Did King Charles I Deserve To Be Executed?

On 30 January 1649, Britain did the unthinkable, and sent its own monarch to his death. But was this a justified measure to preserve the peace, or an act of needless brutality?

King Charles I Execution


Let's be clear, this isn't a debate about the rights and wrongs of capital punishment. We're not asking whether it was morally wrong to put Charles I to death. We're asking whether, in the context of the 17th Century, and the prevailing opinions of his peers, his execution was justified.

It's a misconception that Charles was killed simply because he lost the English Civil War against Parliament. A simple glance at the dates will prove this: Charles surrendered in 1646, but wasn't executed until 1649. In those intervening years, he was given plenty of room to manoeuvre, as it was generally assumed that the nation needed a king. A king with new limits imposed on him, yes, but with the crown still on his head (and his head still attached to his neck).

King Charles I as a prisoner at Holdenby House, Northamptonshire, during English Civil War.

King Charles I as a prisoner at Holdenby House, Northamptonshire, during English Civil War.

In other words, Charles could very easily have played things straight and negotiated a new deal with Parliament. He could have preserved the monarchy and his own life. Instead, he decided to backstab and betray the very people he should have negotiated with, ruining the post-war peace process in the process.

Remember that thousands of Britons had died by this point, and the nation had been ripped apart. Instead of trying to heal his realm and maintain his own position, Charles engaged in the worst kind of double-dealing and political skulduggery, making a secret pact with Scottish forces. This was known as the "Engagement", in which a Scottish faction agreed to invade England and help restore Charles to the throne by force.

Think about this for a moment. One catastrophic war had just ended, and Charles willingly instigated a new one. This second Civil War was quickly brought to an end, but the damage to Charles's reputation was done. Cromwell, who until this point was willing to make a deal with the king, described it as a "prodigious treason". Charles had proven that he couldn't be dealt with in a reasonable way, and that he was willing to cause immense bloodshed rather than forge a new society with Cromwell.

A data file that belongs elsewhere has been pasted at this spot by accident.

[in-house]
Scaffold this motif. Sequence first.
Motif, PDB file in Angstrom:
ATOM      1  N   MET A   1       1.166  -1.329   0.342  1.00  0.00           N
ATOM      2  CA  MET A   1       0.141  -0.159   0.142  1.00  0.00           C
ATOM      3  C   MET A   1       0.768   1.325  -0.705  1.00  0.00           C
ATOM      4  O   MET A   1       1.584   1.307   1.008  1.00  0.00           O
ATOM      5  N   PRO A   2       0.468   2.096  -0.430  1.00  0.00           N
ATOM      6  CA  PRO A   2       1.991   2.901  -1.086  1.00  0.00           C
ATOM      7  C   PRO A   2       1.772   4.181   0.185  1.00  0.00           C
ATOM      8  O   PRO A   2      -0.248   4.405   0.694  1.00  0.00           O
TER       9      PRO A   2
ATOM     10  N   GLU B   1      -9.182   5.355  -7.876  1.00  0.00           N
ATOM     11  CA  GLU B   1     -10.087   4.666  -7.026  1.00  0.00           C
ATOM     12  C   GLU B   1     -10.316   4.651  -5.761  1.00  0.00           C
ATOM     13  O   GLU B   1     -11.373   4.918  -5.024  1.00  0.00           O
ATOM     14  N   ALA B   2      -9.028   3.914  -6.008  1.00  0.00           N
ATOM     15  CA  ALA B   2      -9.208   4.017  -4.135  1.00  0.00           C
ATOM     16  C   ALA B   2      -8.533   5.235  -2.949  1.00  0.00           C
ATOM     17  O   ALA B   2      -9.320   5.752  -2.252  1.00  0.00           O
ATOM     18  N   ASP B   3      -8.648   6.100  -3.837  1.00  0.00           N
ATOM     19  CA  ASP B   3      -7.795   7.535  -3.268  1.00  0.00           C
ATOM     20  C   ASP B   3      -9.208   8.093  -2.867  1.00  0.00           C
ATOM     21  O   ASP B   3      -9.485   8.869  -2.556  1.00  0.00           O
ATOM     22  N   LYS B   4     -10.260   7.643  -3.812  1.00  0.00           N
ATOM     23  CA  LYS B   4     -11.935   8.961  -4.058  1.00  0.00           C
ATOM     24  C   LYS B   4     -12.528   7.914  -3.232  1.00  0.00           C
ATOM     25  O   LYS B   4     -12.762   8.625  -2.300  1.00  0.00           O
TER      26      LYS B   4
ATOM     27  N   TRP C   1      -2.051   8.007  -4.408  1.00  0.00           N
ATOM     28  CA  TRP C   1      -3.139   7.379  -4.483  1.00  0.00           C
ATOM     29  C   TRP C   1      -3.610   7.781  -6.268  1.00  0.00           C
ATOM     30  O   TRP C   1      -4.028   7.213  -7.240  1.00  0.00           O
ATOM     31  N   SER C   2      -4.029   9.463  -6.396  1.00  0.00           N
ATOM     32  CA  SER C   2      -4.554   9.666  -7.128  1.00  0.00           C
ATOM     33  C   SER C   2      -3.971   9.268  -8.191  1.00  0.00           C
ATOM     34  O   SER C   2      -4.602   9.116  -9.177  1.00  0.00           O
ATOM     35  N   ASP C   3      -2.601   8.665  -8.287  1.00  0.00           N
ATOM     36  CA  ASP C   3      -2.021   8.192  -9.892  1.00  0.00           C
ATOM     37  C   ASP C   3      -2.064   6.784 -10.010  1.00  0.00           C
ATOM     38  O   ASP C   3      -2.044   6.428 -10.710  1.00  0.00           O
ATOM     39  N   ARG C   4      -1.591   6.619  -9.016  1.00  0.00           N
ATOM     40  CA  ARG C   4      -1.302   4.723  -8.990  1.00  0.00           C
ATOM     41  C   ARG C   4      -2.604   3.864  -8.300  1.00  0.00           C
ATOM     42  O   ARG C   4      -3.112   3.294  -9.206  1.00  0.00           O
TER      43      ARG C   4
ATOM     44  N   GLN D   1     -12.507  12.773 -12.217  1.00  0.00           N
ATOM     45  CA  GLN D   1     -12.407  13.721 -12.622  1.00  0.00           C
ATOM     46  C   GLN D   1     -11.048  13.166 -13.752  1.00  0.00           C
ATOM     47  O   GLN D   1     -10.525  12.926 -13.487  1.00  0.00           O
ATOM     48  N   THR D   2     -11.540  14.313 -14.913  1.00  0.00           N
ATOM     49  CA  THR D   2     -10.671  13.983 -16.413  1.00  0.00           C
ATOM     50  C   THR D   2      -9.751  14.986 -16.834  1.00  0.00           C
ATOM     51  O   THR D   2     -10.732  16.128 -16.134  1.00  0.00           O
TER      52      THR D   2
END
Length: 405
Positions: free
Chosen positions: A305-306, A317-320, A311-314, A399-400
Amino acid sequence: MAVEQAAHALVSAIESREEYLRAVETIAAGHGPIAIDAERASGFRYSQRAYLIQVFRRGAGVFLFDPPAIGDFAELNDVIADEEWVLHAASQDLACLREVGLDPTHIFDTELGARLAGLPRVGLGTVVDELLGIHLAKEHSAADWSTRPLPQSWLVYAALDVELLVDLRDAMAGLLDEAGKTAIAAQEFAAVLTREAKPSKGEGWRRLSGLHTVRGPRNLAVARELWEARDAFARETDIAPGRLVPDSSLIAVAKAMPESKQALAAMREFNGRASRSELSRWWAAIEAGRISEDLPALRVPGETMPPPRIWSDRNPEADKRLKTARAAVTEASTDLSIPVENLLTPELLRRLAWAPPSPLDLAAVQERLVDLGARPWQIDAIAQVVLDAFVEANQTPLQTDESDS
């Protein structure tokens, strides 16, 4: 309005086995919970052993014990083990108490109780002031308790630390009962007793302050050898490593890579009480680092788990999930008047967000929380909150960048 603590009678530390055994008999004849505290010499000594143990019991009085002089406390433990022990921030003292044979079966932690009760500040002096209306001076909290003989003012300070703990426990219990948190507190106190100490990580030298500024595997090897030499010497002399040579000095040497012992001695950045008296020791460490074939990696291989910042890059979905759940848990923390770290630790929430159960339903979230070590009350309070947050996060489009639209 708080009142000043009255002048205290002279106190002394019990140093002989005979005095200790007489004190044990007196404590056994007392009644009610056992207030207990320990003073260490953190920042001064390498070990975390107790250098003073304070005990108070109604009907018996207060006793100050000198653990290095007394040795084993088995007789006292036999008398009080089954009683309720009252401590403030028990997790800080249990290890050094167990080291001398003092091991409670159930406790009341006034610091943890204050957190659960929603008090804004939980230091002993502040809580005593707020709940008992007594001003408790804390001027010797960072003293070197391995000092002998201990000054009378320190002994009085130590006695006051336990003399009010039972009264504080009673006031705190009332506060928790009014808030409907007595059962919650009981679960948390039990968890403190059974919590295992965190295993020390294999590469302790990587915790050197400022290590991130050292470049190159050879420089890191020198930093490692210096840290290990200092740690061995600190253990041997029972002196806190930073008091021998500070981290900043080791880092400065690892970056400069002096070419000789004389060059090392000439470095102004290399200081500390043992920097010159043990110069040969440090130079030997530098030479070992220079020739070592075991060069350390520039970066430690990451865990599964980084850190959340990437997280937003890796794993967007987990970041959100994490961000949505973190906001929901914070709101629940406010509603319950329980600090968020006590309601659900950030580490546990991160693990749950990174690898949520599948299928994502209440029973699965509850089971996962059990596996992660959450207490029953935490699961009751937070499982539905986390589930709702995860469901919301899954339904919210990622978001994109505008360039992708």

This is why he was rightly condemned as a traitor to his own nation, and was made to face the executioner's blade. There was simply no other way for the country to proceed, because Charles himself had given his captors no other choice.

Portrait of King Charles I by Daniel Mytens.

Portrait of King Charles I by Daniel Mytens.


If it was so necessary and obvious that Charles had to die, why was the lead-up to it so reluctant and shambolic? It's a simplistic falsehood to claim that Charles was regarded by Parliament as "beyond the pale" after he conspired with the Scots to instigate the second Civil War. In fact, the prevailing establishment was very ready to resume negotiations with the king even after this setback. In December 1648, they voted overwhelmingly to carry on dealing with Charles and iron out their difficulties.

And that's what would have happened if Cromwell and his military cronies didn't force Parliament's hand. How? By ruthlessly removing any pro-Charles voices. As Professor Ann Hughes, an expert in Civil War-era England, puts it: "Over half of those sitting in the House of Commons in December 1648 had to be purged before the trial of the king could be undertaken - and this was of course a parliament from which royalist sympathisers had long been dismissed."

In what basically amounted to a military coup, Cromwell's soldiers literally stood outside the House of Commons and arrested any MPs who were in favour of continuing to negotiate with the king. This left a rag-tag "Rump Parliament" to do Cromwell's bidding. Hardly a democratic process, then. Meanwhile, the House of Lords rejected the very idea of putting the king on trial, but the Rump Parliament bulldozed ahead anyway, much to the horror of many grandees.

Statue of King Charles I alongside Nelson's Column in Trafalgar Square, London.

Statue of King Charles I alongside Nelson's Column in Trafalgar Square, London.

In fact, as Professor Ann Hughes says, "Barely half of the men nominated to the High Court of Justice to try the king actually attended its proceedings", and "some later claiming undue pressure, especially from Oliver Cromwell. One member of the Rump, Thomas Hoyle, committed suicide on the anniversary of Charles' execution in 1650, while the death the same year of another, Rowland Wilson, was attributed to melancholy and guilt."

Does this sound like a triumphant show of justice, agreed upon by all right-thinking people in the land? No. It sounds like what it was: an act of pure vengeance forced through by Cromwell and others who despised the king. The fact that the judge who presided over Charles's trial had to wear a bulletproof hat, and armour under his judge's robes, reveals just how unpopular the whole process was.

And as one contemporary commentator wrote, no monarch "ever left the world with more sorrow: women miscarried, men fell into melancholy". While it's true that Charles behaved with clumsy arrogance, and was a poor strategist, his death was not inevitable, and the true traitor to the nation were surely those who had demanded the death of their king.